Nick R July 19, 2011 20:26

Thanks for the suggestions. I've done yplus sensitivity study but it hasn't changed the cf distribution. I'll do it again just to double check. If gamma theta is available as an option for SA in cfx or fluent I'll do that as well and get back to you.

Martin Hegedus July 19, 2011 21:11

The intent was to run fully turbulent SA and SST, i.e. without the gamma theta transition model. This is to insure that the gamma theta transition model is working correctly and providing value added for your case, i.e. it is not giving oddball results. I assume it is working, but one never knows.

Do you have a reference for the data? Or is it something that was specifically generated for your work?

Nick R July 19, 2011 21:37

I know it's working reasonably well up to 7 degrees AOA based on my own wind tunnel experiments, literature and also xfoil but past this angle it goes into stall which it's not supposed to-stall should happen about a few degrees higher and at larger lift coefficients. The main source of lift loss from my observations is the fact that pressure on the suction side is supposed to be lower according to experiments towards the leading edge at higher AOAs which is not the case in the simulation. I've changed the domain size..mesh density etc already to no avail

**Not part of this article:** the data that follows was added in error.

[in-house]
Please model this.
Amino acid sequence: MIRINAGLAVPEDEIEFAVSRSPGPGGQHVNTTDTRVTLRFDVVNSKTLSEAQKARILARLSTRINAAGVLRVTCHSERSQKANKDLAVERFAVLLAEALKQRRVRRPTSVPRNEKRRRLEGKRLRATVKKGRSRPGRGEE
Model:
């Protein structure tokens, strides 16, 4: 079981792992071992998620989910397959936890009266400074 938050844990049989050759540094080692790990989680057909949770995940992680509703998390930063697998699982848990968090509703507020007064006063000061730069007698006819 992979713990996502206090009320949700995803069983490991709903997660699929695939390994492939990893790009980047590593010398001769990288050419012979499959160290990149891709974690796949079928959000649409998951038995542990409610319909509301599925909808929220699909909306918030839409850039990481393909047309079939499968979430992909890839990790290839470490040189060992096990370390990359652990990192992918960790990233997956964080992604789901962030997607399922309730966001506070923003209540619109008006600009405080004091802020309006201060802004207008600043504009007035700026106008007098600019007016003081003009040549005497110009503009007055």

Martin Hegedus July 19, 2011 22:29

What Reynolds number are you at?

In my opinion, there is two areas to focus on. Modeling the experiment correctly and the turbulence model.

In the experiment, what was the aspect ratio of the wing, i.e. span/chord and how was the lift calculated? Were the pressures integrated along a row of pressure taps, or was there a balance on the wing?

Were any of the WT results tripped?

When you get a chance, run the fully turbulent SA and SST and see where that stalls.

As far as my CFD calculations went, here is the story with the S809, another fat airfoil. If one runs the S809 in 2D mode with the SA model, the CFD stall is high. However, if one includes the side walls of the wind tunnel, the stall comes down and one gets the two humps as seen in the cl data. This is because a vortex is generated at the junction of the wing and wall. The vortex is also a function of the wind tunnel side wall boundary layer thickness. The simulation is tough and uncertain. And, I'm not sure how much of this experience applies to a 0020.